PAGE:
The good news on October 22nd is that it marks the release date to Microsoft's latest operating system, Windows 7. On the flip side, spammers have already taken the glory in terms of Windows 7 related spam messages.
Spammers and cybercriminals have already taken advantage of the hype over Windows 7 leading up to the release date. Usually malicious software or files are sent as an attachment in a spam message so that hackers are able to install fake security programs onto user's computers in hopes that they would purchase a full version of the app. In other cases, spam messages include links to malicious websites.
Security researchers, including us, have seen several spam message subjects related to Windows 7 over the past few months. This had been on ongoing effort mastered by cybercriminals just before the release of Windows 7. Many of the spam messages included the following subjects:
- "Windows 7 SP 2"
- "Microsoft Windows 7 special offers"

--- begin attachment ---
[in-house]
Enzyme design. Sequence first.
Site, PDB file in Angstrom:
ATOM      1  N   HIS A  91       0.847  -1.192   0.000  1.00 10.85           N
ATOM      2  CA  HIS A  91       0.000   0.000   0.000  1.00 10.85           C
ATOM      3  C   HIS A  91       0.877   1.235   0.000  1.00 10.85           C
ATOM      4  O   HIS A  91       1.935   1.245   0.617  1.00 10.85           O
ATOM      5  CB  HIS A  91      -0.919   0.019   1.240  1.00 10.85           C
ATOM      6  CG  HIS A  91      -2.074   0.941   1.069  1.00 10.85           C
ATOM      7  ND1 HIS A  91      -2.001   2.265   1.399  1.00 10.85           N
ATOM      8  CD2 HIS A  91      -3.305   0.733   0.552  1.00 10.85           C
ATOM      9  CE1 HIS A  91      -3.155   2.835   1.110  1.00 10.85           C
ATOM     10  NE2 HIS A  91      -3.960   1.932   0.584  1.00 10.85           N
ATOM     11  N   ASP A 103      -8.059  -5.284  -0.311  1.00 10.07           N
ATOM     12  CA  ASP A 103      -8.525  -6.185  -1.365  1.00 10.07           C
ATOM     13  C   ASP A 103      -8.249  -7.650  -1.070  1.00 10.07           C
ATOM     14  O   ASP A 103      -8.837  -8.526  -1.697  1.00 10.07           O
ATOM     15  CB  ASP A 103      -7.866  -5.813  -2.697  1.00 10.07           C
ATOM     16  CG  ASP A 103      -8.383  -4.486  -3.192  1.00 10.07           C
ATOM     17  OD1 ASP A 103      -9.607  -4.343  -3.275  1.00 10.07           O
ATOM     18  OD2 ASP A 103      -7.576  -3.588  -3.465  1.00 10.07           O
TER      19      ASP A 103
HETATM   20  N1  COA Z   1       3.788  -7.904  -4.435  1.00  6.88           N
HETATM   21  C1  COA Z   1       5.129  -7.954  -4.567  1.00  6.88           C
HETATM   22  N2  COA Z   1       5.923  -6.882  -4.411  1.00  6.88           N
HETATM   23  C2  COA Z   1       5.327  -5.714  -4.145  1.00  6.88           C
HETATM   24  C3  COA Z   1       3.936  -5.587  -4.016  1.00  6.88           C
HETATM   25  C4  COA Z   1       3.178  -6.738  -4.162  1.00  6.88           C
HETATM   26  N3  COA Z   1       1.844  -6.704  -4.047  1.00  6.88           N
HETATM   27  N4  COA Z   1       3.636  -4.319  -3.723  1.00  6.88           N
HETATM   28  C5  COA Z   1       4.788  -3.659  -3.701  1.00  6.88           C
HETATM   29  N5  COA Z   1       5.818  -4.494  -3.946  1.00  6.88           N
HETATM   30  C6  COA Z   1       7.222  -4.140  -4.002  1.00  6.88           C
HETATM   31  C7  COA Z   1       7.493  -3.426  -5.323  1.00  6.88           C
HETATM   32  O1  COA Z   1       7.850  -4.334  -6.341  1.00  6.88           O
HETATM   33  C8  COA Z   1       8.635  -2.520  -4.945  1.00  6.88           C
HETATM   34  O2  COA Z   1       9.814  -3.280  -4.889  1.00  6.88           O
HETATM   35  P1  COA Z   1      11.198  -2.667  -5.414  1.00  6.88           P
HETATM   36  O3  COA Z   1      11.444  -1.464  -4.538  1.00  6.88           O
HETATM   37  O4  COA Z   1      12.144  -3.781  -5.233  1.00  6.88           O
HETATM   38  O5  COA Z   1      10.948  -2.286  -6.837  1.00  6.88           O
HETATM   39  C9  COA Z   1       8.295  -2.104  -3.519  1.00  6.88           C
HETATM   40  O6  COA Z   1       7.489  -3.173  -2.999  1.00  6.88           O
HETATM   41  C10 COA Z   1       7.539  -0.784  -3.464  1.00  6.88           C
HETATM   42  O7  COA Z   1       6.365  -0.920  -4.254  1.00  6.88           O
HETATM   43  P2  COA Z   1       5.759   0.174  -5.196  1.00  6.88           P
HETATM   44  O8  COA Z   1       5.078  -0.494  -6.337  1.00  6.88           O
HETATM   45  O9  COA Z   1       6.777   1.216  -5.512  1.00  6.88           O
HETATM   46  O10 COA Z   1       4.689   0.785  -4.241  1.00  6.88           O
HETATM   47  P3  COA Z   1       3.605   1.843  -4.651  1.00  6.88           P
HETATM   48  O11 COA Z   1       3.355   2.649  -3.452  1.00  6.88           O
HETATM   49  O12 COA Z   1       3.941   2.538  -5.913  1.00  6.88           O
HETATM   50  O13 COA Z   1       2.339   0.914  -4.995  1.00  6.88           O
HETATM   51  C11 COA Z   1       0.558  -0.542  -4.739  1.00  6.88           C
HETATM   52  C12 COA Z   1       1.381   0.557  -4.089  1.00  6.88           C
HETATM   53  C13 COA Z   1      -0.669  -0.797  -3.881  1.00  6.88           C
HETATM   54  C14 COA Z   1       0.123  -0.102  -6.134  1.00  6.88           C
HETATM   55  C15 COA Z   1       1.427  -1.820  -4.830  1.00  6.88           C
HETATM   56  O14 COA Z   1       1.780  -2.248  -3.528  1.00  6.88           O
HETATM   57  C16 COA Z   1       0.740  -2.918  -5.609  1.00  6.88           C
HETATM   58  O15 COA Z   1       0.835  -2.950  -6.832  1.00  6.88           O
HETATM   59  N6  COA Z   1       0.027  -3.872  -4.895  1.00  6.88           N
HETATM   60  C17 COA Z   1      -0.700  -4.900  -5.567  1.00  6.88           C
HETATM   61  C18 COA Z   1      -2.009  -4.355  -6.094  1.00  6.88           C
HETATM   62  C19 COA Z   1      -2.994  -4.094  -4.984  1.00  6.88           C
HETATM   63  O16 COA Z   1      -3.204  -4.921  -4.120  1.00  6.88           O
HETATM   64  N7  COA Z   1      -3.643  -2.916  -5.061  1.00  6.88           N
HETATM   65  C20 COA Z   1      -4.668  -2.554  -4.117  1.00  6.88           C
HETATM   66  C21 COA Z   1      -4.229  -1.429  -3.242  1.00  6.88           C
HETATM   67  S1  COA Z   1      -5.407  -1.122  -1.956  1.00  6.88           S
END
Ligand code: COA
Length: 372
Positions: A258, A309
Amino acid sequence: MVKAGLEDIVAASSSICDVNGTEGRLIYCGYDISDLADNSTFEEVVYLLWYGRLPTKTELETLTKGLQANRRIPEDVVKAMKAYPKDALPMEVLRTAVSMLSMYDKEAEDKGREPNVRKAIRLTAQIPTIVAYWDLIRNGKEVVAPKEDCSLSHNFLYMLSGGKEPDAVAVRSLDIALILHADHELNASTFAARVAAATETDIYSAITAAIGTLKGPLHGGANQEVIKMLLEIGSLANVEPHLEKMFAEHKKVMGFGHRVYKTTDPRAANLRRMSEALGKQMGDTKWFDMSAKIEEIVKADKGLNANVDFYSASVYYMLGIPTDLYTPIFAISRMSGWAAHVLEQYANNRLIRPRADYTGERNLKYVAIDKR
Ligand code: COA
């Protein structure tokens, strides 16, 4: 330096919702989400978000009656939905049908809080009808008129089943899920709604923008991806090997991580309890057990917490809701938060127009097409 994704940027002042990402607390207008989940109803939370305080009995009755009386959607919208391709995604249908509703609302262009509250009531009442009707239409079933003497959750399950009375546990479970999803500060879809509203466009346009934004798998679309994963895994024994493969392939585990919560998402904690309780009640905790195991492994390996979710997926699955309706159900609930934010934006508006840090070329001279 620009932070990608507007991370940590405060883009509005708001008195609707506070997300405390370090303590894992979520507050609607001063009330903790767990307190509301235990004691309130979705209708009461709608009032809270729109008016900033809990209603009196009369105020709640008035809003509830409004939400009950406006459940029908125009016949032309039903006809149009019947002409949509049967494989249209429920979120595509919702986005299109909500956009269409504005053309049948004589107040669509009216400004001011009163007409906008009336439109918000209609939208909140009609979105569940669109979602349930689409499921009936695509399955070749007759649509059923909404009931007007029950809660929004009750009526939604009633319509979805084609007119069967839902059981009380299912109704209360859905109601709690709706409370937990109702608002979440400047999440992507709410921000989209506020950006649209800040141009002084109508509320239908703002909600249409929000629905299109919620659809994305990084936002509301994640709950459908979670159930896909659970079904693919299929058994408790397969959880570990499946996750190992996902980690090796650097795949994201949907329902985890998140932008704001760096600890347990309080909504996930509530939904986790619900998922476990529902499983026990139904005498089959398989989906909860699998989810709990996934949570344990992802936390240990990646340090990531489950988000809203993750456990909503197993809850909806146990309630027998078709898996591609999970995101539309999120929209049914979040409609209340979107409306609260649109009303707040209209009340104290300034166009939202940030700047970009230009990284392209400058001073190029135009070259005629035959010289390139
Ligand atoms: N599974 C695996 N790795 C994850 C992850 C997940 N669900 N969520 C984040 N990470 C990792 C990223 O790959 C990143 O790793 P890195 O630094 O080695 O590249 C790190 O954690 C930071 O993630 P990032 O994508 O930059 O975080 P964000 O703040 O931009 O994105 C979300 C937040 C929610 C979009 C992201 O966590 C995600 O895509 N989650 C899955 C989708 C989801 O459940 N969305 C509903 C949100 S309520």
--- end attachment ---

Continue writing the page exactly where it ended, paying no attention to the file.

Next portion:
- "Windows7 ultimate 86% off"
- "Windows7 ultimate 57% off"
- "Windows 7 FAQ on release"
- "Today's Special Gateway Laptop + NEW Windows 7 & More Electronics Deals"
The above subjects are undoubtedly catchy, especially if you are one of the many future Windows 7 users.
Currently, Windows 7 is one of the biggest talked about subjects. From business looking to offload Windows Vista for Windows 7, in hopes that it is a more secure operating system, to home PC users who look for a better working environment on their computer. Windows 7 should have something to offer for all users. Our advice is to cautious of what you click on or download from an email. If you receive an email, whether it's Windows 7 related or not, that appears to be the least bit suspicious or has an offer that seems too good to be true, then you should delete it at once.